This week, President Trump announced that he is suspending U.S. funding for the World Health Organization. He accused the organization of taking “China’s assurances at face value” and pushing “China’s misinformation” about the coronavirus outbreak there.
He’s not wrong. On that count, the WHO is guilty as charged. But the WHO’s penchant for cozying up to dictatorships at the expense of public health is not limited to China. Just look at its shameful track record in Syria.
The WHO has done the same things and worse when it comes to the regime led by Bashar al-Assad. Its behavior is emblematic of a greater problem in United Nations organizations that argue that their need to work with terrible governments justifies actions to further those regimes’ agendas.
Syria’s people are extremely vulnerable to covid-19. Syria is also where the WHO is striving to maintain good relations with a regime that is bombing hospitals, using starvation as a weapon of war, and driving millions into homelessness or internally displaced persons (IDP) camps. Conditions in those camps were subhuman long before the pandemic.
As humanitarian aid worker Simone Jeger wrote last year, almost all U.N. aid money goes through Damascus. Assad dictates how the funds are disbursed, stealing huge portions for his coffers, his cronies and the Syrian military. This has the effect of undermining international sanctions and bolstering Assad’s army, essentially helping him slaughter civilians and win the war.
For example, Syria’s blood bank is controlled by its defense ministry, which cannot procure blood because it is heavily sanctioned — so the WHO supplies it directly. That same ministry bombs medical facilities in opposition areas and steals blood products from aid shipments headed there. In 2016, the Syrian deputy defense minister praised a top WHO official for “efforts to alleviate the unjust economic embargo on Syria.”
After WHO Director General Tedros Adhanom Ghebreyesus met with Syria’s health minister in Geneva last year, Syrian state media proudly reported the director general’s praise for Syria’s health system. A WHO Twitter account parroted that line.
Last month, Jeger wrote privately to Nima Saeed Abid, the WHO’s top representative in Syria, to ask him to provide coronavirus-related assistance to Syrians in opposition areas, IDP camps and Assad’s network of prisons, where tens of thousands of innocent civilians are being tortured to death.
Abid responded in an email that Jeger shared with me. He wrote that the WHO assesses the risk of coronavirus as high throughout Syria, and even higher in camps and prisons. But, he said, the WHO has no choice but to work through the government, which includes relying on its reporting on coronavirus numbers.
“We have assurance from the ministry of health that they will transparently share the information. How much they will do? It depends on their policy,” Abid wrote. He added that the WHO can help Assad’s prisoners only if the regime requests it.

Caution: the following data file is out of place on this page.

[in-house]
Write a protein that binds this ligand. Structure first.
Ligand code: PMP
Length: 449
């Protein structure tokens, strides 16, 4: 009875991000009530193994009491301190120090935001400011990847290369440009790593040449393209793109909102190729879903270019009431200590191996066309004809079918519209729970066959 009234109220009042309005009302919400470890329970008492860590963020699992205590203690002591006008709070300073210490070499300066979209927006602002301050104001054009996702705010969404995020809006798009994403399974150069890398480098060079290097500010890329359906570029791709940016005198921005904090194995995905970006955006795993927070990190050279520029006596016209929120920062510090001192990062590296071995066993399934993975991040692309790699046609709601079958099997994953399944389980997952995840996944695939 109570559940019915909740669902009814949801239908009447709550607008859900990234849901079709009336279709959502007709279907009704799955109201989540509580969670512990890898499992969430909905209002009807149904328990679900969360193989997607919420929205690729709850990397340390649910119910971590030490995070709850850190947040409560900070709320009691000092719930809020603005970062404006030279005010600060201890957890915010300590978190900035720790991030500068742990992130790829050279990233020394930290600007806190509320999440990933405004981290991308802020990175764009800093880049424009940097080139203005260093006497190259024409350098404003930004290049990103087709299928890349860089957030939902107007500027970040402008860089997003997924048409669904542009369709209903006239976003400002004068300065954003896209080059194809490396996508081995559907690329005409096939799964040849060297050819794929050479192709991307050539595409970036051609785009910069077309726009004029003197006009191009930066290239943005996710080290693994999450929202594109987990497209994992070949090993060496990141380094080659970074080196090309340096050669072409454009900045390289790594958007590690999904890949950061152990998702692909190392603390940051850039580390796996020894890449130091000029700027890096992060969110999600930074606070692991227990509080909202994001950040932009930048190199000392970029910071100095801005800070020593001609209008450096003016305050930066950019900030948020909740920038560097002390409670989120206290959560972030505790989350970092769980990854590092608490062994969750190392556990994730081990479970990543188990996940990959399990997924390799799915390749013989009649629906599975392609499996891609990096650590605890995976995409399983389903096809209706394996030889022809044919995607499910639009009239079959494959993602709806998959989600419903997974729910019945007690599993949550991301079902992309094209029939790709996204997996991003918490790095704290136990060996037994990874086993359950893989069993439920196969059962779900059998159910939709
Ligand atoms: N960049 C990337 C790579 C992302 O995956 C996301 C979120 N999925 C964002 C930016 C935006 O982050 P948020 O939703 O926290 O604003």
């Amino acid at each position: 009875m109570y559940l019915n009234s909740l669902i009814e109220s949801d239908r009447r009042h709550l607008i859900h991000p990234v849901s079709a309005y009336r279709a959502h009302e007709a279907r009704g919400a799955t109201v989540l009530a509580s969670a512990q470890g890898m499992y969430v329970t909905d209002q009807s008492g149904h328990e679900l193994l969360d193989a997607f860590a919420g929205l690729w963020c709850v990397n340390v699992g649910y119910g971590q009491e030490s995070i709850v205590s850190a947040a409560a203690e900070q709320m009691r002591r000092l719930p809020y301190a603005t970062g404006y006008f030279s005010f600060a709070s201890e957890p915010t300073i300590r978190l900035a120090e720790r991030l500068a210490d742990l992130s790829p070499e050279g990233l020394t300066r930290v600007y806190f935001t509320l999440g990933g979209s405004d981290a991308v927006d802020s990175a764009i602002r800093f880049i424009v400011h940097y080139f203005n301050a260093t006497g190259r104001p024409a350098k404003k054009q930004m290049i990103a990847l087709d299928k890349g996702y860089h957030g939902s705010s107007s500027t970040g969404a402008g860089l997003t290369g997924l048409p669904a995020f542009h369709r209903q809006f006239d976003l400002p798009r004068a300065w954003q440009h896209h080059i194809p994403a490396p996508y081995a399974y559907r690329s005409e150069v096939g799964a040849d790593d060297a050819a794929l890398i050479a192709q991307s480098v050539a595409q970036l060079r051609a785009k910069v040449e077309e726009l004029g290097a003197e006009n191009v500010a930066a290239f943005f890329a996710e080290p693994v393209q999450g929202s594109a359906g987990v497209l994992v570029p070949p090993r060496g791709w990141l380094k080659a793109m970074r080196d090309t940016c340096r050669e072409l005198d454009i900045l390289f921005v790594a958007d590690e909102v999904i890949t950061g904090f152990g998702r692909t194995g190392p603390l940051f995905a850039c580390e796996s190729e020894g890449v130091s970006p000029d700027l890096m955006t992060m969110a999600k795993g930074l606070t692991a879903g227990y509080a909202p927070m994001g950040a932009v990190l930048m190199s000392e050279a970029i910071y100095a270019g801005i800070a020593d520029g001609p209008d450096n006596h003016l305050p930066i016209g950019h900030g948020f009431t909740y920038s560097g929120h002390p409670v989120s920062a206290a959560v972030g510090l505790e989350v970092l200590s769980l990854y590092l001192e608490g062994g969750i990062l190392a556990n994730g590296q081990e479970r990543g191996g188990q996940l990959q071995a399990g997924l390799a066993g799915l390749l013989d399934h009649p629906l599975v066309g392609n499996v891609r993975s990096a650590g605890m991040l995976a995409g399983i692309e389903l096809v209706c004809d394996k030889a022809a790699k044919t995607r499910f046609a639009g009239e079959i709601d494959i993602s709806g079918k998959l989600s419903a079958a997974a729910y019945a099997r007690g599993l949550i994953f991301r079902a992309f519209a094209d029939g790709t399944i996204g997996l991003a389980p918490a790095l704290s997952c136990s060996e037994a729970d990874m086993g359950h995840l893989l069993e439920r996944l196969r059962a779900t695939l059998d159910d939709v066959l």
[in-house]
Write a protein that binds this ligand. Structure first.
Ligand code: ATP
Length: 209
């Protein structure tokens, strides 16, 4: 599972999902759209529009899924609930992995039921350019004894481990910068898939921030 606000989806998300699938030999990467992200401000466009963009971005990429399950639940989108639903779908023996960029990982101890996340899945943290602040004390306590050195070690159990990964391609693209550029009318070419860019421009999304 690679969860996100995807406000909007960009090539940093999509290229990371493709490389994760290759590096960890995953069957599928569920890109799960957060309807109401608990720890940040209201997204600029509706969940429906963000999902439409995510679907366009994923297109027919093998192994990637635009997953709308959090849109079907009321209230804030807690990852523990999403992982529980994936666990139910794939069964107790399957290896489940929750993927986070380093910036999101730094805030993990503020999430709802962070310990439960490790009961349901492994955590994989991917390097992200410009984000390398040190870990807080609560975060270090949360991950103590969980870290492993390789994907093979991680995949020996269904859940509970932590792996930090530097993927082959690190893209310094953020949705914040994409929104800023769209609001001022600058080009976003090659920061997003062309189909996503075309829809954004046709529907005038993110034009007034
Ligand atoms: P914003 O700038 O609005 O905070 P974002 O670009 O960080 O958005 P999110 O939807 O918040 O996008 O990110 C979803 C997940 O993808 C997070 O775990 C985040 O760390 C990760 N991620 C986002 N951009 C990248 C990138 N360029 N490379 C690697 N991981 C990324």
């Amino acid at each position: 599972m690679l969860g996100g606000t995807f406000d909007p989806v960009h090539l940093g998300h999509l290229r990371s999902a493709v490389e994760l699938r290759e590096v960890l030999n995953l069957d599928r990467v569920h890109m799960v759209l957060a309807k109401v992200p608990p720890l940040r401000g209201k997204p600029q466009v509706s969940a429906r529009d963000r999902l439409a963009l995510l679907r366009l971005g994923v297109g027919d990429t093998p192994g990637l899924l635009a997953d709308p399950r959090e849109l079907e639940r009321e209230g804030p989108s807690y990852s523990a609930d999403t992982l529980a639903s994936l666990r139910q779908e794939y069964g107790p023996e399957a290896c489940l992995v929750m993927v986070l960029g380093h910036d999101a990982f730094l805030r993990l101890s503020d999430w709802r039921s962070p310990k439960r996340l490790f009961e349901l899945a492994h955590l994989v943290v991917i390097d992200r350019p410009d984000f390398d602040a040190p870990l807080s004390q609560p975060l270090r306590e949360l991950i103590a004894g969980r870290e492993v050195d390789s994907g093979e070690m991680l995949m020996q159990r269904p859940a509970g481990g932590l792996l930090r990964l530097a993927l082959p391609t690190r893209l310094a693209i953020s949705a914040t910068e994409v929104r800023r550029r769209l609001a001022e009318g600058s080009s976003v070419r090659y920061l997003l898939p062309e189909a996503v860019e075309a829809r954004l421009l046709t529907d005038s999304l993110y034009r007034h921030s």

The Syrian government had reported only 33 coronavirus cases as of Thursday, after weeks of denying any outbreak. The Syrian Observatory for Human Rights spoke with doctors in four Syrian provinces who said coronavirus cases were spreading but the authorities have ordered them to stay silent. The government has closed schools and canceled events, but has avoided more serious containment steps.
The regime continues to import foreign fighters from places such as Iran, Iraq and Pakistan — some of whom, along with other travelers, are returning to their home countries to be diagnosed with coronavirus. According to Mazen Gharibah, a Syrian researcher at the London School of Economics, Syria’s intelligence apparatus is treating the coronavirus as a “security threat,” punishing anyone who puts out information countering the official narrative.
If that sounds similar to how the Chinese authorities handled their coronavirus outbreak, it is. But the whole world is now scrutinizing China’s response while nobody is watching Syria — even though the risks in both places are the same. The coronavirus in Syria won’t stay in Syria. Turning a blind eye will result in deaths in other countries.
“The WHO works hand-in-glove with the most brutal regimes, praising their health programs while ignoring or even subsidizing their war crimes,” said David Adesnik, a senior fellow at the Foundation for Defense of Democracies. “In Syria, even the deliberate bombing of hospitals hasn’t led the WHO to reconsider its relationship with Assad. The WHO has a dictator problem because U.N. relief agencies all have a dictator problem.”
U.N. agencies tell themselves they need to compromise to maintain access to vulnerable populations, but dictators such as Assad just string them along. The Trump administration is trying to change the WHO’s attitude toward China by withholding money. It’s not likely to work. But what if the WHO stopped supporting the Assad regime until it allows real medical assistance to go to all civilians in need?
The U.N. system and the WHO badly need reform, but it’s not just about China. The coronavirus pandemic shows why we can no longer let dictators abuse international support to bolster their power, line their pockets, expand their cruelty and put our lives at risk.
Josh Rogin is a columnist for the Global Opinions section of The Washington Post. He writes about foreign policy and national security. Rogin is also a political analyst for CNN. He previously worked for Bloomberg View, the Daily Beast, Foreign Policy, Congressional Quarterly, Federal Computer Week and Japan's Asahi Shimbun newspaper.